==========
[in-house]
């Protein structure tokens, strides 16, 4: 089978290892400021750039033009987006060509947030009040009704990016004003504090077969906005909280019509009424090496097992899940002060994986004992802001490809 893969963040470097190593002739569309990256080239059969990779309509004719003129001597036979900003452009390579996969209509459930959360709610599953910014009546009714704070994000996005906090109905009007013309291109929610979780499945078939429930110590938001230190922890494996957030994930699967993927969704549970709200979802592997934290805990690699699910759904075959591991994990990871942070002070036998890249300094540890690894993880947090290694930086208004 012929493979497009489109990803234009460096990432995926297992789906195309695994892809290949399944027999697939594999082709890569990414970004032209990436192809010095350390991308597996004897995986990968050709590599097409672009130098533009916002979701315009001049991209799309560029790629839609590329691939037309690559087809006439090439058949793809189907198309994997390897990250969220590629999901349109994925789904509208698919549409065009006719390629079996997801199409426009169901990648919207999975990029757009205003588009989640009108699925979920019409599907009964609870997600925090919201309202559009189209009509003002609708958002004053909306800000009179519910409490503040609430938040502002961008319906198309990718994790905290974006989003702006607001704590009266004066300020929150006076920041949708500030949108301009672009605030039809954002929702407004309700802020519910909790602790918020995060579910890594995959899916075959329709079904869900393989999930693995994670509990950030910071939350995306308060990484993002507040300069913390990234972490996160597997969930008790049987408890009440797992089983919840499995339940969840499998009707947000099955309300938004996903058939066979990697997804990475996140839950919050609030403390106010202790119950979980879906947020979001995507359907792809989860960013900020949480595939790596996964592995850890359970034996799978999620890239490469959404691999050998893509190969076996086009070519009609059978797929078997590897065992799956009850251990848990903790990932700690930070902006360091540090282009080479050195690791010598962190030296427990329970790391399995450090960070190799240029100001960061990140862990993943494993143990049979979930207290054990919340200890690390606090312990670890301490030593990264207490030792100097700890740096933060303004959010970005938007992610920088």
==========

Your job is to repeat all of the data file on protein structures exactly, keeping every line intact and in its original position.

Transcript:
[in-house]
């Protein structure tokens, strides 16, 4: 089978290892400021750039033009987006060509947030009040009704990016004003504090077969906005909280019509009424090496097992899940002060994986004992802001490809 893969963040470097190593002739569309990256080239059969990779309509004719003129001597036979900003452009390579996969209509459930959360709610599953910014009546009714704070994000996005906090109905009007013309291109929610979780499945078939429930110590938001230190922890494996957030994930699967993927969704549970709200979802592997934290805990690699699910759904075959591991994990990871942070002070036998890249300094540890690894993880947090290694930086208004 012929493979497009489109990803234009460096990432995926297992789906195309695994892809290949399944027999697939594999082709890569990414970004032209990436192809010095350390991308597996004897995986990968050709590599097409672009130098533009916002979701315009001049991209799309560029790629839609590329691939037309690559087809006439090439058949793809189907198309994997390897990250969220590629999901349109994925789904509208698919549409065009006719390629079996997801199409426009169901990648919207999975990029757009205003588009989640009108699925979920019409599907009964609870997600925090919201309202559009189209009509003002609708958002004053909306800000009179519910409490503040609430938040502002961008319906198309990718994790905290974006989003702006607001704590009266004066300020929150006076920041949708500030949108301009672009605030039809954002929702407004309700802020519910909790602790918020995060579910890594995959899916075959329709079904869900393989999930693995994670509990950030910071939350995306308060990484993002507040300069913390990234972490996160597997969930008790049987408890009440797992089983919840499995339940969840499998009707947000099955309300938004996903058939066979990697997804990475996140839950919050609030403390106010202790119950979980879906947020979001995507359907792809989860960013900020949480595939790596996964592995850890359970034996799978999620890239490469959404691999050998893509190969076996086009070519009609059978797929078997590897065992799956009850251990848990903790990932700690930070902006360091540090282009080479050195690791010598962190030296427990329970790391399995450090960070190799240029100001960061990140862990993943494993143990049979979930207290054990919340200890690390606090312990670890301490030593990264207490030792100097700890740096933060303004959010970005938007992610920088």